3 Pieces of Advice for PR Consultants

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It’s been 15 years since I started doing this whole PR-Communications thing. I’ve worked for top agencies, gone solo and run in-house programs. I’ve worked with massive brands like Apple and HP to tiny baby start-ups. Industry verticals span from nerdy mesh networking and tech standards organizations to mobile to e-commerce, to consumer electronics, and on.

In May of 2012 the start-up I was working at shuttered. It was unfortunate but these things happen. I looked around and didn’t see one company I was ready to pledge my life to again – except my own. Within two weeks we had a name, emails, and our first paying clients.

I’ve learned a lot the past 19 months – many re-affirming prior business beliefs and practices, others lessons in management, and virtual working, to name a few. For my first post I decided to outline a few pieces of advice I have for anyone looking to go Independent – or dealing with clients in general.

Don’t Be Afraid to Walk Away:

It’s OK. Really. You can say no. This is a difficult lesson for a lot of new entrants into the independent consulting world to learn – often the hard way.  You’re starting to build your client base, someone shows up with money but it’s not an ideal situation, yet nothing else is on the horizon – so you take it. And it sucks. These situations never end well.

There is so much business out there if you know where to look, and if one thing doesn’t feel right to you, say no and keep your availability open for the next thing that’s a better use of your time.  Saying no is hard for a lot of independents we talk to. In this game, patience and confidence in what you offer bring the best long-term rewards.

Trust Your Instincts (a.k.a. Beware the Flag)

Saying no ties directly into trusting your instincts and acknowledging the flag. Many years ago, a girlfriend and I were discussing a recent relationship of hers that ended. It had been a little rocky at times and when she recounted key concerns throughout the relationship we would say, “flag.” “Flag, flag, flag.”

We’ve all had them. Those alarm bells that ring loud, or quiet when we stuff them away because we don’t want to see them. We joked that sometimes when flags pop up we fold them and put them in our pocket, or examine them, then turn them into scarves. We know they’re there but we try to pretty them up and stuff them away until they are covering our face. At the end of the day, it’s a flag and it’s there for a reason. Pay attention.

When evaluating new partners and clients, think about what kind of relationship you want with the people you work with. Recognize when to say no and walk away when you have flags about a new client. I hear stories every week about the young startups that want $10,000 worth of support for $3,000 and at two weeks notice. Or the app startup that’s wants 1 million pre-signups with a total of $20k marketing budget that includes online acquisition campaigns. When the odds seemed stacked against you – they are.  Don’t enter into a relationship where you have a sinking feeling, telling yourself you can “deal with it.” Don’t do it. It’s not worth it.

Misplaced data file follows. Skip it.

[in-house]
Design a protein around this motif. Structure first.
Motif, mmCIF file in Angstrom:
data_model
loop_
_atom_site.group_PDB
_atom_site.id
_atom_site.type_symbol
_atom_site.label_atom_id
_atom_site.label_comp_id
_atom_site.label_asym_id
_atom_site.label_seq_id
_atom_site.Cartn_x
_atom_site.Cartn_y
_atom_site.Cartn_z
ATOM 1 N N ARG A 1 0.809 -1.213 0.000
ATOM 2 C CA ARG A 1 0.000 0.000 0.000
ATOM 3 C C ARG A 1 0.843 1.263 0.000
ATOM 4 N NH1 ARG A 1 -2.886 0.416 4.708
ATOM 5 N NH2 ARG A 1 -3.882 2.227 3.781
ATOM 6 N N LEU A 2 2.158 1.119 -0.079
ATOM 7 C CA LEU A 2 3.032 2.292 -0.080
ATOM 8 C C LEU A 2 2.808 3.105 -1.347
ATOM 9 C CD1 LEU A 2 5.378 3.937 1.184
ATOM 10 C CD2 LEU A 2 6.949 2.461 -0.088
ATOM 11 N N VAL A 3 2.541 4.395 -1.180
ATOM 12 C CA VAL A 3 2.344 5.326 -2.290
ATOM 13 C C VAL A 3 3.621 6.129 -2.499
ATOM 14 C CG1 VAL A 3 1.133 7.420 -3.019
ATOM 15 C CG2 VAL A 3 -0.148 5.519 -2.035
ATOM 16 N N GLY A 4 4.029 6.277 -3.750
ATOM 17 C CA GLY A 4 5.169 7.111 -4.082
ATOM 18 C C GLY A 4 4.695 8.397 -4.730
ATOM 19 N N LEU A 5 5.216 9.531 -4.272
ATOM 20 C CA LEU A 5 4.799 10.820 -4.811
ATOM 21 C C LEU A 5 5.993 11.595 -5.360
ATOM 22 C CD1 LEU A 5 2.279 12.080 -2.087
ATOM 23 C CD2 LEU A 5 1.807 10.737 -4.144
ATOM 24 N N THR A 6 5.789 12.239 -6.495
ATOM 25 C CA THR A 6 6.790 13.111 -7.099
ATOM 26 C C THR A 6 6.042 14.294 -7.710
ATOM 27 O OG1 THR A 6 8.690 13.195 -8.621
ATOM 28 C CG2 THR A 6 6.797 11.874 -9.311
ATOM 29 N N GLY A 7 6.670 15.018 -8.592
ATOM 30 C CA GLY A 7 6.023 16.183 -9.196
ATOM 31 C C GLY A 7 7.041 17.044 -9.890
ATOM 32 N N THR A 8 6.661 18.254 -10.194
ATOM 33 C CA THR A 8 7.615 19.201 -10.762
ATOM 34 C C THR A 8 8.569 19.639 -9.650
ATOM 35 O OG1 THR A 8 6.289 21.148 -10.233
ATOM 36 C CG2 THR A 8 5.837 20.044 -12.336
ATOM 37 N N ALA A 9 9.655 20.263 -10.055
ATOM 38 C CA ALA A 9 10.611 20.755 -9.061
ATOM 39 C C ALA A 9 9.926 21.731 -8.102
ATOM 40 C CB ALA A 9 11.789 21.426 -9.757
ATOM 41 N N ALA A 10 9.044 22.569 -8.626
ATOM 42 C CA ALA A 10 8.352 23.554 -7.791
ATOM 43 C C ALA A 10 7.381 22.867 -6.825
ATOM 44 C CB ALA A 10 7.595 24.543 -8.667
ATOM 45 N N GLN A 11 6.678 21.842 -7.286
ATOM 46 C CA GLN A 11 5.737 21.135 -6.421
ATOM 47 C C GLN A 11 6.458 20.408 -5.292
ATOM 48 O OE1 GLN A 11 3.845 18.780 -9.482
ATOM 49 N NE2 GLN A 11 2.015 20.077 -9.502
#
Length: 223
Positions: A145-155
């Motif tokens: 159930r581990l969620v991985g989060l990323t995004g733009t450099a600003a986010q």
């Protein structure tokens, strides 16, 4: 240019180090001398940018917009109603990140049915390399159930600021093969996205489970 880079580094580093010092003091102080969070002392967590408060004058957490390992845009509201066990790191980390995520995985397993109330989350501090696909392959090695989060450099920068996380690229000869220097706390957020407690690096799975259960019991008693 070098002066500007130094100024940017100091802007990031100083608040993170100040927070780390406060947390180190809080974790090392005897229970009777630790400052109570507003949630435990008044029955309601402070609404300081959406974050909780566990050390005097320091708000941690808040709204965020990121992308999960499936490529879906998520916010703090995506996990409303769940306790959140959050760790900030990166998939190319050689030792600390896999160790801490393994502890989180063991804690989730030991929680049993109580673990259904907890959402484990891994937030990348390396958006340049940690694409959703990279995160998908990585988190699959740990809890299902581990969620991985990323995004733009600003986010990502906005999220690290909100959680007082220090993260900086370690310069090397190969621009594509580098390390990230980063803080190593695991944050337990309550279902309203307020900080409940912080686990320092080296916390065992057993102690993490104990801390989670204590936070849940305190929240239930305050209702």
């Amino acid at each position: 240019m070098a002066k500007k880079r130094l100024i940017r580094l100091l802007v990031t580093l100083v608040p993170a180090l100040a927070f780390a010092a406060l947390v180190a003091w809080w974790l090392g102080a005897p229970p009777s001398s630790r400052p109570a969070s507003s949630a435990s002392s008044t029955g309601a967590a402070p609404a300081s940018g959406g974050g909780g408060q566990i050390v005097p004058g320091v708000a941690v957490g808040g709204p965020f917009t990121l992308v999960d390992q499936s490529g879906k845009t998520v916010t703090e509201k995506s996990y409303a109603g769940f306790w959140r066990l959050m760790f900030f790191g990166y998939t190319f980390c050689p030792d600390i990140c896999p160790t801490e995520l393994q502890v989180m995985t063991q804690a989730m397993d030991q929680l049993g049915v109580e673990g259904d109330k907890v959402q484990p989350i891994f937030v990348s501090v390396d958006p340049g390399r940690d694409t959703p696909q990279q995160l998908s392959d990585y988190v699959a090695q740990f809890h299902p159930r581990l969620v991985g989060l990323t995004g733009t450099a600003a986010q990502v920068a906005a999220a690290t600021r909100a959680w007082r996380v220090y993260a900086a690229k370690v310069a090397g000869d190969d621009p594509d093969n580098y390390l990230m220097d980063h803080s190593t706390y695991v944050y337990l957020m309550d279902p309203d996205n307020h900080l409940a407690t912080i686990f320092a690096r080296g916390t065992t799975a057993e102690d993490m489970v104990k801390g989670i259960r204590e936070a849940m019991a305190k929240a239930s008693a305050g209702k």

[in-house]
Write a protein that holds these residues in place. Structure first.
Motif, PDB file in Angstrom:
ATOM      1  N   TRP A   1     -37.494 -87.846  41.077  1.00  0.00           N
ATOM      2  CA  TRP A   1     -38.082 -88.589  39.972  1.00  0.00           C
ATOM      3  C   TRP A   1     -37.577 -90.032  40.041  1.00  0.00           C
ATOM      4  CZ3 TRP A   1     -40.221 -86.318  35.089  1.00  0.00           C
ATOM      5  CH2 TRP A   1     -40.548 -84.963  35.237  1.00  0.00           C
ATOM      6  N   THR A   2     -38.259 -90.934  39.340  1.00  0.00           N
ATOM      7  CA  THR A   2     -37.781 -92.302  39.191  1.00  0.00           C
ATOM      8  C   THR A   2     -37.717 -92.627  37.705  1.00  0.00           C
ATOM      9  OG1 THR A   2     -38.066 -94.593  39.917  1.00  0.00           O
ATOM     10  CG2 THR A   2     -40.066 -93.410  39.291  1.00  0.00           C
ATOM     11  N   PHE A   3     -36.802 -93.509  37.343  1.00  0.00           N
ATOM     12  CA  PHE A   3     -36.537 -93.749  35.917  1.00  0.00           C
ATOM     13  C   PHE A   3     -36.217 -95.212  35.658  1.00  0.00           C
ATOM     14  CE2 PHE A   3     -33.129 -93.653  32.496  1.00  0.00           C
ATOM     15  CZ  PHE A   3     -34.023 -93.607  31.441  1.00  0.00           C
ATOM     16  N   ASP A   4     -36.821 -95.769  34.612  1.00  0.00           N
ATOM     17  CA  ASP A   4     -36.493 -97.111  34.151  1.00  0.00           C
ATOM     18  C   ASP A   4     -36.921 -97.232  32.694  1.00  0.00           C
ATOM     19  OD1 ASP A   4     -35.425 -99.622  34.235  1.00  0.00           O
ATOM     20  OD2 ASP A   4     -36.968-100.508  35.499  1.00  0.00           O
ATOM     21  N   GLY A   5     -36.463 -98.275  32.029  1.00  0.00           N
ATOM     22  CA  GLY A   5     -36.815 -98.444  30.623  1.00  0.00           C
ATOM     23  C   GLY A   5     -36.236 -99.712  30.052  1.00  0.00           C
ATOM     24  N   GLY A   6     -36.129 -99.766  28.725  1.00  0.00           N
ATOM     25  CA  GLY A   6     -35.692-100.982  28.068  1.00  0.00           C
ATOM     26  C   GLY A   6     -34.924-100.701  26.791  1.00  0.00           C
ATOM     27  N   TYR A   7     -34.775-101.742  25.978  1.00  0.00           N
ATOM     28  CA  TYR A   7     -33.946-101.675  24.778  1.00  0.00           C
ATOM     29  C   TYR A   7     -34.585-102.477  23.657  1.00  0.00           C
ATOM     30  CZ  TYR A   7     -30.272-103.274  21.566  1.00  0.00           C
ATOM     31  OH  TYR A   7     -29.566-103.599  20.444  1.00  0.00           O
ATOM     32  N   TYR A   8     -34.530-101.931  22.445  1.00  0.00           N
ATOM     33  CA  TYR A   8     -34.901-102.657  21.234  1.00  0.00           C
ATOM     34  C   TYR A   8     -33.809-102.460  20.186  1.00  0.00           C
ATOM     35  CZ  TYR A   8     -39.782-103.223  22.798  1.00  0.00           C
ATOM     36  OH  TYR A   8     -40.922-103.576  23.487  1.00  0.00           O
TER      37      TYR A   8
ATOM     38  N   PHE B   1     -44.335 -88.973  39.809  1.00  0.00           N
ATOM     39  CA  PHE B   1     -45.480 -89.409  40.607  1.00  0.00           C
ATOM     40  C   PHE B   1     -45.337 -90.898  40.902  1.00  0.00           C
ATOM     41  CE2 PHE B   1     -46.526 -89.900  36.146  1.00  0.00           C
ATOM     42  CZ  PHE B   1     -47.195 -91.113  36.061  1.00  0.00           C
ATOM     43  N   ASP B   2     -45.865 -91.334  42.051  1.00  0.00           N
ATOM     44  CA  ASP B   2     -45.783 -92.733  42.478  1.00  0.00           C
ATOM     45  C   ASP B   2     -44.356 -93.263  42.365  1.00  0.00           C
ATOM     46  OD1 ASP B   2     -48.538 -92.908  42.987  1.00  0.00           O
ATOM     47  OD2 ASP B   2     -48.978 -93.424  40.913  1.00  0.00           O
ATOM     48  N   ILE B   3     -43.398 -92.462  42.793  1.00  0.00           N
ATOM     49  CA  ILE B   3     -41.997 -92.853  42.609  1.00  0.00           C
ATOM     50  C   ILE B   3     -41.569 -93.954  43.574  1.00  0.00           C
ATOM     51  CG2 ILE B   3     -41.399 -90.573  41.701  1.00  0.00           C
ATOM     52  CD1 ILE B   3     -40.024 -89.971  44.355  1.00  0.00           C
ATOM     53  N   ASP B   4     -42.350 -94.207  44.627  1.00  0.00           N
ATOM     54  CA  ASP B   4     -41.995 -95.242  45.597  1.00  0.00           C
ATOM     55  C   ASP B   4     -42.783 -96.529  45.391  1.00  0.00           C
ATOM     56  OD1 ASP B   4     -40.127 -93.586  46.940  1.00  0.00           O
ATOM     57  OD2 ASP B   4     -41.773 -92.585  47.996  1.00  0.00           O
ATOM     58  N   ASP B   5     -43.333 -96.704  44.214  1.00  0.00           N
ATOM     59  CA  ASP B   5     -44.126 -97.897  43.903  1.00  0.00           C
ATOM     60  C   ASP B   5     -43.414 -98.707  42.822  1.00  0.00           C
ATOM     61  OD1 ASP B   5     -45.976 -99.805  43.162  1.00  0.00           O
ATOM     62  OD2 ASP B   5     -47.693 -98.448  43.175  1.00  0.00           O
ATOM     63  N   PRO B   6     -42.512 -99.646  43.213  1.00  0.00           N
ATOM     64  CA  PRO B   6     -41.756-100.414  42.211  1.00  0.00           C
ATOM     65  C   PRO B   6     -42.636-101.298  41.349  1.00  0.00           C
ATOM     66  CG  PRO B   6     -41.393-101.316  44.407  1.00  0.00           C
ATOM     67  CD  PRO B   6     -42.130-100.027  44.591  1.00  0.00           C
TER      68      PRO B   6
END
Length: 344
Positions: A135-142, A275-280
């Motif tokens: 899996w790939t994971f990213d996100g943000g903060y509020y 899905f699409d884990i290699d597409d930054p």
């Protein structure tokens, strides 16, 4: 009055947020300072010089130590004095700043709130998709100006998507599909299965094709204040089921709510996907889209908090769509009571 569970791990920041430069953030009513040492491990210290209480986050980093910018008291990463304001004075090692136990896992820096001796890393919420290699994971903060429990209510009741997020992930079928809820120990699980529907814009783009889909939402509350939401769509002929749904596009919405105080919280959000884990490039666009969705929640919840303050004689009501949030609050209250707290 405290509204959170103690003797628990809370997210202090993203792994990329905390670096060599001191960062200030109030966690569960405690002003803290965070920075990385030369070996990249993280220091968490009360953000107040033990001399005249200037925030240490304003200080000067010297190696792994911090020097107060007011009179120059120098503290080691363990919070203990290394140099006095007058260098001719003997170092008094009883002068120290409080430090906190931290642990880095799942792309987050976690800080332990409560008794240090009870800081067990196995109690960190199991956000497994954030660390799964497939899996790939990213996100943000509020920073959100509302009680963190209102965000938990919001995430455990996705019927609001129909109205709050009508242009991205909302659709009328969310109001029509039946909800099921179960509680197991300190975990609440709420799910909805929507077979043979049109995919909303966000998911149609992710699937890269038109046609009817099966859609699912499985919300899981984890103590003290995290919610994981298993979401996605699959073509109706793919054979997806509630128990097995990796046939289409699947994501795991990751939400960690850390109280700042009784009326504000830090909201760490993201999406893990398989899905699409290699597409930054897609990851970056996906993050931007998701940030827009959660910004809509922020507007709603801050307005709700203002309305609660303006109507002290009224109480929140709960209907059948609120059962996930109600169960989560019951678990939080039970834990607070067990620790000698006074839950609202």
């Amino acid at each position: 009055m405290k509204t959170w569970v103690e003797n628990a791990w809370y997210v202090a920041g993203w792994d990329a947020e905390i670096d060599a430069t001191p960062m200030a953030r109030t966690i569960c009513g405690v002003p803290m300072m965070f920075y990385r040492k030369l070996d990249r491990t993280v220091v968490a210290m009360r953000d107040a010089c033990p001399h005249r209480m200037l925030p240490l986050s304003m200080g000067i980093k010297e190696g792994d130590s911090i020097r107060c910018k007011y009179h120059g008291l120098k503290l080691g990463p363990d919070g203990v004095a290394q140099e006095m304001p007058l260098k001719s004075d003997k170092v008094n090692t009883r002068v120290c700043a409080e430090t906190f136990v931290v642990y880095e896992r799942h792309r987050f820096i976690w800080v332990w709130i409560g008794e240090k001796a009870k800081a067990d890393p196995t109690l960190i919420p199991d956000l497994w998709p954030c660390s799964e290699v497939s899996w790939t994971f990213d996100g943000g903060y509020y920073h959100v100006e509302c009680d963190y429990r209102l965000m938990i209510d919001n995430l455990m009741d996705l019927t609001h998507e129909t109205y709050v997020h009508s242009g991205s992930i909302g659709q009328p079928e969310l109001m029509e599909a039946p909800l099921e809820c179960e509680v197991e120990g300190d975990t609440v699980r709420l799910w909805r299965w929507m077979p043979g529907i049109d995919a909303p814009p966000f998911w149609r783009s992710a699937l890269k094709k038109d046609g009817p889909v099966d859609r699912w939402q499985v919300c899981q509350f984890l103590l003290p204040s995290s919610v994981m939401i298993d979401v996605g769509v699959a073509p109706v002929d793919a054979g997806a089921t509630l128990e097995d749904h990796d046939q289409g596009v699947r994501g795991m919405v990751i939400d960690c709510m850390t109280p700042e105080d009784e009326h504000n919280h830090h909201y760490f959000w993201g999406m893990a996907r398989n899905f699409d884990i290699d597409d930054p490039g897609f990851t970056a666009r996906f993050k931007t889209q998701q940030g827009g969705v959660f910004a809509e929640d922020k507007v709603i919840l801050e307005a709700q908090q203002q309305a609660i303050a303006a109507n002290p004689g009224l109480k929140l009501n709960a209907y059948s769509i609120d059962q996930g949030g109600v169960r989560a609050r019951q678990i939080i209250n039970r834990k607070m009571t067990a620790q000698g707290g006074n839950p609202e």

We’ve dealt with our own set of flags at Radix. Companies that seem great and it’s solid revenue but the longer we draw out discussions and interactions the more that’s revealed. We pay attention to the flags we see. We discuss it as a team and pretty much 100% of the time are on the same page with concerns. We don’t think twice about it. We move on if it doesn’t feel right – always trying to maintain a positive closure. Although that harsh truth about why you’re passing on the business might be too much for some CEO’s to take which ties to…Personality fit, which can often draw flags when evaluating new clients and partnerships.

The Chemistry Spark

I don’t know about you but when I take on a new client I want it to be for a prolonged period of time. Sometimes short projects are good to throw into the mix but, either way, you want a partner, to fight the fight with, not someone who treats you like a cheap vendor. Being in our business takes emotional energy and that means believing in what you’re working on and whom you’re working with.

When we meet with a potential new client we examine a variety of attributes including vision, communication style, team dynamic, leadership style, and articulation of product road map. This all contributes to the Chemistry Spark. One of our current clients and I joke (but are actually quiet serious) about how choosing a Comms/PR partner and vice versa is a lot like choosing a personal partner. You need someone you’re comfortable with, can communicate openly with, someone to share your secrets and big visions, and someone you can have fun with. Focus on the prospects that have teams who treat you as partners, not hired guns.

I could go on but I’ll save that for later posts. Until then, I welcome any feedback or experience with these three categories. So many of our friends are leaving agency and corporate jobs to go independent, let’s share some knowledge with the crowd.

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